Reading Next

DarkDiscipleI’ve finished watching The Clone Wars, so Star Wars: Dark Disciple looms in my near future. The only thing that makes me hesitate is my desire to watch the unfinished episode arcs available on the Star Wars website. I’m on a kick with this franchise right now, and knowing there’s more story (even if the animation is horrifically incomplete) is actually alluring to me right now.

Otherwise, I’ve been thinking more about the classics I wanted to get through this year like The Golden Ass by Apuleius and The Aeneid by Virgil. I especially need to get the latter of the two read so I can finish the connected trio of epics, even if The Aeneid was written far later and was basically propaganda to help legitimize the Roman Empire.

WWW Wednesday – 2017/08/09

www_wednesdays

WWW Wednesday is a book meme run by Taking on a World of Words.

The Three Ws are:

What are you currently reading?
What did you recently finish reading?
What do you think you’ll read next?

Currently Reading

PyramidsAt the moment I am only reading Pyramids by Terry Pratchett. It’s a welcome change of pace from the other novels of his I’ve read this year. I liked Sourcery and Wyrd Sisters, but it’s fun to see him working from a clean slate again with a novel’s characters and setting. The story is focused on a region of the Discworld based on Ancient Egypt, specifically a parody of the West’s interpretation of that period in history. The main character, Teppic, is the King’s son who was sent away at a young age to the city Ankh-Morpork to learn at the Assassin’s Guild. Upon his father’s passing he returns to to the Old Kingdom to take upon his rightful place as King, a position that his rich education as an assassin makes him ill prepared for.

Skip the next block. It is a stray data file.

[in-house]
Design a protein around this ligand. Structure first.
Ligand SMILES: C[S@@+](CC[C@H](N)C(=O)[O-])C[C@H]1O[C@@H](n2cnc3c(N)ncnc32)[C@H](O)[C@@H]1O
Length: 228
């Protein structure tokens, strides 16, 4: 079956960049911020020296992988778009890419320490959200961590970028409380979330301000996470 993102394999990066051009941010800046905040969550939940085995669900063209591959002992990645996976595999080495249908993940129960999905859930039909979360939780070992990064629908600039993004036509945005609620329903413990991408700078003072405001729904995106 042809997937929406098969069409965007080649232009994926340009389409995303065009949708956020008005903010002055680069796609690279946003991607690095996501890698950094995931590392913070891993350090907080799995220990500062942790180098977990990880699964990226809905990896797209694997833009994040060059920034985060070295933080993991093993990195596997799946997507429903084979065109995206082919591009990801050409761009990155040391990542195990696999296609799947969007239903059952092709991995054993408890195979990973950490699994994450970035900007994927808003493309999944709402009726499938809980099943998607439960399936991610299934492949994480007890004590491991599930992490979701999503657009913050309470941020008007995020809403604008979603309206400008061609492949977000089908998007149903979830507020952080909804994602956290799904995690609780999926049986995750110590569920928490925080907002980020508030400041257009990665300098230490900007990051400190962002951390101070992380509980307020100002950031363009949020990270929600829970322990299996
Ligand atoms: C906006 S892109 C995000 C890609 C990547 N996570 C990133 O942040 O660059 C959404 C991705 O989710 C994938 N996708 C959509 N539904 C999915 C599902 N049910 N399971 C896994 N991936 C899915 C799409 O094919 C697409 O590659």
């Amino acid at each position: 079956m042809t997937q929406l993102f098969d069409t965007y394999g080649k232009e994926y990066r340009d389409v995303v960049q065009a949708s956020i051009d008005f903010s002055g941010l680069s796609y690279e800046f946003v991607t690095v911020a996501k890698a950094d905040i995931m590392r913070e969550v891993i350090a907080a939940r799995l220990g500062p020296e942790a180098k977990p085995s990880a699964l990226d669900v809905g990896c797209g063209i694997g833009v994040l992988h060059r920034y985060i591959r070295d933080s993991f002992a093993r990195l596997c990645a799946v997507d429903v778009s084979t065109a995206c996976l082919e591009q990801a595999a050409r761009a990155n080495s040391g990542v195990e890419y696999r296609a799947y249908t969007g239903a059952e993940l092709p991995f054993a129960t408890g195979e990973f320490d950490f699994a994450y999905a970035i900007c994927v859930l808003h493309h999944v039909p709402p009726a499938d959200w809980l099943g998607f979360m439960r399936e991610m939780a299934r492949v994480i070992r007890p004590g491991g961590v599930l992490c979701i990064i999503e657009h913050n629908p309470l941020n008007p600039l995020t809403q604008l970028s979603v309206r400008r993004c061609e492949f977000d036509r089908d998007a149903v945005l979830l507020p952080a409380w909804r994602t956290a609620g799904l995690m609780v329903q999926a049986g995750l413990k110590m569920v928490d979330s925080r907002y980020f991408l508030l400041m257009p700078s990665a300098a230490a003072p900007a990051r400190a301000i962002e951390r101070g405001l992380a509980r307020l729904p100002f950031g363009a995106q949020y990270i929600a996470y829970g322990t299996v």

Recently Finished

GuardiansOfTheGalaxyCosmicAvengersCoverI finished reading Guardians of the Galaxy: Cosmic Avengers, and I’m a little disappointed with how it turned out. The character establishment was great, as was the art, but it’s only three issues long in terms of story, telling a very basic plotline to introduce the characters, followed by a series of vignettes that flesh out each member a little further. It serves as a great introduction for new readers, I’ll give it that, but I wanted a little more meat to this book. Hopefully volume two will be more substantial.

Reading Next

HellboyOddJobsAs I come closer to finishing watching Star Wars: The Clone Wars I also come closer to reading Star Wars: Dark Disciple by Christie Golden. Can’t really say how soon that will be, except that I will likely start it before August is completed. In the mean time, I want to start reading Hellboy: Odd Jobs, a collection of short stories edited by Christopher Golden (that’s an oddly similar name. Apparently no relation to Christie?), who was tasked with assembling horror writers to contribute to this anthology of prose about Mike Mignola’s iconic demonic character. I’m really looking forward to seeing how Hellboy translates to prose, specifically how these writers go about portraying an inhuman character, which I hope to learn from for my own creative endeavours.